The latest buzz word in health care is to make it ‘personalised’. This word I have noticed is used interchangeably with ‘precision’ medicine. Precision medicine is where drugs are ideally chosen to be used dependent on the genetic profile of each person. But this is hardly personalised! It may be precise, but it is definitely not the definition of personal.
When I consider the term ‘personal’, I consider the person and what it is to be a person.
There is far more to our make up as people than our genetic makeup! We are whole people with feelings, thoughts, sensitivities, dreams, aspirations, relationships, jobs, families, children and a whole host of assorted issues and personalities. There is far more to being a person than our genetics, our gender, and our anatomic arrangements!
Making something personal, means that we are cared for as a whole, that our uniqueness is taken into consideration, and that treatments are tailored for us as a person. As a whole person, not just a set of genes, organs and blood tests.
The notion of personalised means that things become exactly that. Personal. Where you connect with and develop a relationship with your doctor or other health care provider. Where you and your practitioner are seen and respected for the people that you are.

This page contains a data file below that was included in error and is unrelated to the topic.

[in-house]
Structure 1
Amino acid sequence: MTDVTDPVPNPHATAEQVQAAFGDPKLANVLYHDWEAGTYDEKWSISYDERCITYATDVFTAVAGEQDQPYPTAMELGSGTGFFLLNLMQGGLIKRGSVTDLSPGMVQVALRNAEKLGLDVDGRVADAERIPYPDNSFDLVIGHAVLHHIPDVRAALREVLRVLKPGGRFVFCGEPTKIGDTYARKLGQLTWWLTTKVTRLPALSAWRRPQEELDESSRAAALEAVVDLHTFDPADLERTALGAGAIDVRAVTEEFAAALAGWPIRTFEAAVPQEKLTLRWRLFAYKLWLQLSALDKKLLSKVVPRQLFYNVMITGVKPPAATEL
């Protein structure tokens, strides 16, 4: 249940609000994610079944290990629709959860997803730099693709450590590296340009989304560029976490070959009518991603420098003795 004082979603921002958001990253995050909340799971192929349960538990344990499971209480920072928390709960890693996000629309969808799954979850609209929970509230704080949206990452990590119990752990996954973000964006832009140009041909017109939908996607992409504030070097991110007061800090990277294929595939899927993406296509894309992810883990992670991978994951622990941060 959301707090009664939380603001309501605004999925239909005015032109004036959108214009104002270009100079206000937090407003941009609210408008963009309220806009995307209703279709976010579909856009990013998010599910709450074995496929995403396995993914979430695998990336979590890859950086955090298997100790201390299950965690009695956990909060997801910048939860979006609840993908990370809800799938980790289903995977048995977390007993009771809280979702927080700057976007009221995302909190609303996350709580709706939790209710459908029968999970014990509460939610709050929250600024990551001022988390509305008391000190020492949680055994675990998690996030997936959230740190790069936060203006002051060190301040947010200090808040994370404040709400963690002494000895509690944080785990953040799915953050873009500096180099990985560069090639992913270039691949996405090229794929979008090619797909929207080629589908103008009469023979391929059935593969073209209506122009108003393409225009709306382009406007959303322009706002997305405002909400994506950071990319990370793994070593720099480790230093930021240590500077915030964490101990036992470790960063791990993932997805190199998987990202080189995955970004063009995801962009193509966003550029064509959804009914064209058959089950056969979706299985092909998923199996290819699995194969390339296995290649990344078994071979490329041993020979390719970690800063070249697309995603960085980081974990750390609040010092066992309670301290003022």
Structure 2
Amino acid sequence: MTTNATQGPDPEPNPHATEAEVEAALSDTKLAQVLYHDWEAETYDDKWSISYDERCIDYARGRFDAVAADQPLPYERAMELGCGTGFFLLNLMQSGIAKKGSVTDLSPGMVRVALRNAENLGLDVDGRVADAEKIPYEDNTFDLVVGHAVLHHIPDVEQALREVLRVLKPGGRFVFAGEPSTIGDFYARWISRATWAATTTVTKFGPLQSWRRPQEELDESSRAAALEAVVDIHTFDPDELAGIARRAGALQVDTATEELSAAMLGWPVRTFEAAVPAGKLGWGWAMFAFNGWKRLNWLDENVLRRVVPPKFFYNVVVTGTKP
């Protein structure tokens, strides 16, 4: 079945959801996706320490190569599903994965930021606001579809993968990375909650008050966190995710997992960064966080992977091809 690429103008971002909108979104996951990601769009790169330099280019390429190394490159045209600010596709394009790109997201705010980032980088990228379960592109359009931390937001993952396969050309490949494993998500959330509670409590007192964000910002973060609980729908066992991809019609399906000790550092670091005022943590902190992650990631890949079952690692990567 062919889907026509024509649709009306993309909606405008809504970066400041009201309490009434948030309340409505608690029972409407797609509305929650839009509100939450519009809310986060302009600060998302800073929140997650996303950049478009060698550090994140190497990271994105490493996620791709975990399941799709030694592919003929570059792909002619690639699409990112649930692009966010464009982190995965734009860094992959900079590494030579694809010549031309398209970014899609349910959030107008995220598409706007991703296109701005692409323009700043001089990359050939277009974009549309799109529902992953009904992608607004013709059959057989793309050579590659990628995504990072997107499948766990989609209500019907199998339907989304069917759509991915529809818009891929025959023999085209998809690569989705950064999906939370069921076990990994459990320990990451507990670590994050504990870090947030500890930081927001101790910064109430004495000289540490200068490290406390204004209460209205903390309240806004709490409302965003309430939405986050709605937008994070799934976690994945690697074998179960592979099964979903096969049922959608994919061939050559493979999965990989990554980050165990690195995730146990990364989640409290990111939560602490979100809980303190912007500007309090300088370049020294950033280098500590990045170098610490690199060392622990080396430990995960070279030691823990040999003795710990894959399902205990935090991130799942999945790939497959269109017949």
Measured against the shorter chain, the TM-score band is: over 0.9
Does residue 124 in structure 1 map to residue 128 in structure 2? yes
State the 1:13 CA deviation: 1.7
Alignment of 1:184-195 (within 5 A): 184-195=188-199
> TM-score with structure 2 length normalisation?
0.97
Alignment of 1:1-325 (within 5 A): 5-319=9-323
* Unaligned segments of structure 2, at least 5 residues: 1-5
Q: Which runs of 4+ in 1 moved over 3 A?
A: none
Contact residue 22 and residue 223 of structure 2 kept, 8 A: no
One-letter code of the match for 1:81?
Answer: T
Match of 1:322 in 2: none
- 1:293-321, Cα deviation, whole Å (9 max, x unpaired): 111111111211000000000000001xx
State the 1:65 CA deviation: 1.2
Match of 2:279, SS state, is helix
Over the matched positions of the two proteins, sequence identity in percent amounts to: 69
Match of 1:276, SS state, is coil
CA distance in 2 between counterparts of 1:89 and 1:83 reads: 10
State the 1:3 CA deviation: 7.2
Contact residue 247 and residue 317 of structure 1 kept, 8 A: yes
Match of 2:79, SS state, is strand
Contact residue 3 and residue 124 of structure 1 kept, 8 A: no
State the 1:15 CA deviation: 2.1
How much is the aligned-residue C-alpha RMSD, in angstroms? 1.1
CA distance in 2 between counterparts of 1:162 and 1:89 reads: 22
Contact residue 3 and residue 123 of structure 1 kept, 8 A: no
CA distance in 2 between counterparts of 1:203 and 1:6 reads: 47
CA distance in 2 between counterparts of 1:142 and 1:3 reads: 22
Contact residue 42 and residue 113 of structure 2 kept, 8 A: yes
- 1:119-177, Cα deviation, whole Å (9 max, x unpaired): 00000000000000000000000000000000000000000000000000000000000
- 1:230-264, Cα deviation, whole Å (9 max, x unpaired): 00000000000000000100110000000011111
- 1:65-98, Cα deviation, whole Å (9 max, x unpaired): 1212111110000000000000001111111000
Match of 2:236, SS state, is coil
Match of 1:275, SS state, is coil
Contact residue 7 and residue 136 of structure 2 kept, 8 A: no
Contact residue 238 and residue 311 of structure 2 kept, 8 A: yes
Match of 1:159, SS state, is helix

I agree that medicine needs to be personalised, and as precise as possible, but I feel that the two of these things are quite different. Improved precision will come automatically when our relationships in medicine are in fact personalised.
Sadly, Medicine in many cases has become impersonal, uncaring, and utilitarian, focussed on outcomes and function rather than people. Much of medicine is referred to as bulk billing ‘assembly line medicine’ where the focus in engagements and consultations is on defining ‘the problem’ as quickly as possible for maximum financial return rather than connecting with and understanding the person as a whole.
At our heart we are all caring and feeling human beings, and more than anything else, we crave connection. We crave to be cared for and to be deeply understood.
When we are sick in particular more than anything else this is what we want.